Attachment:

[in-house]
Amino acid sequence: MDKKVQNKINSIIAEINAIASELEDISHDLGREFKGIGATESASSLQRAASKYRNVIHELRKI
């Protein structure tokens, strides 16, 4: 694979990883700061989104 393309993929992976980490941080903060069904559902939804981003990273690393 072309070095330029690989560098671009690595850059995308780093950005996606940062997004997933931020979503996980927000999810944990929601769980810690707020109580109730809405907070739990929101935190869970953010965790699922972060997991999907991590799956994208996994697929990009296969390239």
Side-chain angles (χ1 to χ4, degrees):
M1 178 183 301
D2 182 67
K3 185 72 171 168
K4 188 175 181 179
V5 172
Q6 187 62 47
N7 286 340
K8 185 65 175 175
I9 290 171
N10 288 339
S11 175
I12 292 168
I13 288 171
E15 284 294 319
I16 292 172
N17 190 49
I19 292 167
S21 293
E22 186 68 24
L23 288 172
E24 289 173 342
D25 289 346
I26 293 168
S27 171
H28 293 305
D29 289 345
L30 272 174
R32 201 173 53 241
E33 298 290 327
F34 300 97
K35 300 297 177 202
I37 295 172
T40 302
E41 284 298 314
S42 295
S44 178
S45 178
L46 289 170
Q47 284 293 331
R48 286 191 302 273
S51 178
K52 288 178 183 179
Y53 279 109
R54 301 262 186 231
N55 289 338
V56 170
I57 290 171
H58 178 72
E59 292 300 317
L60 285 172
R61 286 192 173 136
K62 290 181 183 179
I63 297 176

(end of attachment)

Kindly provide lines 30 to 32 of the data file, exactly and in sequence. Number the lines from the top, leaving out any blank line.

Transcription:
D29 289 345
L30 272 174
R32 201 173 53 241